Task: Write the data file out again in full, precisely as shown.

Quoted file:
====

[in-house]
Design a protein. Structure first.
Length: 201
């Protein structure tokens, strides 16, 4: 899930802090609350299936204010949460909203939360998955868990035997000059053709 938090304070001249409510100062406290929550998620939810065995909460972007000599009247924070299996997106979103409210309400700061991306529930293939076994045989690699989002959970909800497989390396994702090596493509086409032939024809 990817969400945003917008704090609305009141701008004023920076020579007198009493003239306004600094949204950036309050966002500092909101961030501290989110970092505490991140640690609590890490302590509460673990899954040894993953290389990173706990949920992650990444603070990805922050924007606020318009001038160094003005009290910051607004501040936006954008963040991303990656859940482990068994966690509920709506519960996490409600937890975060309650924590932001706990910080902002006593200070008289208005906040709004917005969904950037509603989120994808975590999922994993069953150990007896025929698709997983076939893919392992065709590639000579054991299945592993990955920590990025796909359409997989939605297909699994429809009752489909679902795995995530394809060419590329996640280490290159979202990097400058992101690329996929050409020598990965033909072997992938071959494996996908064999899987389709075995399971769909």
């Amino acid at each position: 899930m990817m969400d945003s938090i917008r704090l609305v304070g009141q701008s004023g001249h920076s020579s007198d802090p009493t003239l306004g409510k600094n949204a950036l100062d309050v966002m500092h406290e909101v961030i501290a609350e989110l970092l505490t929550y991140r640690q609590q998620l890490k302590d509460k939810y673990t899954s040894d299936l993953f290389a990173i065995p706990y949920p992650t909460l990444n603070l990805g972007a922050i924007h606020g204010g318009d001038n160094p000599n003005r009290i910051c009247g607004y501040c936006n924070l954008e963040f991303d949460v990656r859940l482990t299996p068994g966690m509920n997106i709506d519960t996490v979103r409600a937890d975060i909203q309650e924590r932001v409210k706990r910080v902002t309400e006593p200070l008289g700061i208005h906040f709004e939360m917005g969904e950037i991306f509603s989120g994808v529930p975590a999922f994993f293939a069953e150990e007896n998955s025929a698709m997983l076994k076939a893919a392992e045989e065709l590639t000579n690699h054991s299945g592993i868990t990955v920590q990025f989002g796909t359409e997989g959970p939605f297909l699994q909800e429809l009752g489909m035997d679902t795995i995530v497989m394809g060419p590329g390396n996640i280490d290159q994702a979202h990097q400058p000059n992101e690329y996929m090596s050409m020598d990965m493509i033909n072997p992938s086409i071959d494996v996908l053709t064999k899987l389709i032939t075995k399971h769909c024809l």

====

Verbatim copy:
[in-house]
Design a protein. Structure first.
Length: 201
């Protein structure tokens, strides 16, 4: 899930802090609350299936204010949460909203939360998955868990035997000059053709 938090304070001249409510100062406290929550998620939810065995909460972007000599009247924070299996997106979103409210309400700061991306529930293939076994045989690699989002959970909800497989390396994702090596493509086409032939024809 990817969400945003917008704090609305009141701008004023920076020579007198009493003239306004600094949204950036309050966002500092909101961030501290989110970092505490991140640690609590890490302590509460673990899954040894993953290389990173706990949920992650990444603070990805922050924007606020318009001038160094003005009290910051607004501040936006954008963040991303990656859940482990068994966690509920709506519960996490409600937890975060309650924590932001706990910080902002006593200070008289208005906040709004917005969904950037509603989120994808975590999922994993069953150990007896025929698709997983076939893919392992065709590639000579054991299945592993990955920590990025796909359409997989939605297909699994429809009752489909679902795995995530394809060419590329996640280490290159979202990097400058992101690329996929050409020598990965033909072997992938071959494996996908064999899987389709075995399971769909």
């Amino acid at each position: 899930m990817m969400d945003s938090i917008r704090l609305v304070g009141q701008s004023g001249h920076s020579s007198d802090p009493t003239l306004g409510k600094n949204a950036l100062d309050v966002m500092h406290e909101v961030i501290a609350e989110l970092l505490t929550y991140r640690q609590q998620l890490k302590d509460k939810y673990t899954s040894d299936l993953f290389a990173i065995p706990y949920p992650t909460l990444n603070l990805g972007a922050i924007h606020g204010g318009d001038n160094p000599n003005r009290i910051c009247g607004y501040c936006n924070l954008e963040f991303d949460v990656r859940l482990t299996p068994g966690m509920n997106i709506d519960t996490v979103r409600a937890d975060i909203q309650e924590r932001v409210k706990r910080v902002t309400e006593p200070l008289g700061i208005h906040f709004e939360m917005g969904e950037i991306f509603s989120g994808v529930p975590a999922f994993f293939a069953e150990e007896n998955s025929a698709m997983l076994k076939a893919a392992e045989e065709l590639t000579n690699h054991s299945g592993i868990t990955v920590q990025f989002g796909t359409e997989g959970p939605f297909l699994q909800e429809l009752g489909m035997d679902t795995i995530v497989m394809g060419p590329g390396n996640i280490d290159q994702a979202h990097q400058p000059n992101e690329y996929m090596s050409m020598d990965m493509i033909n072997p992938s086409i071959d494996v996908l053709t064999k899987l389709i032939t075995k399971h769909c024809l």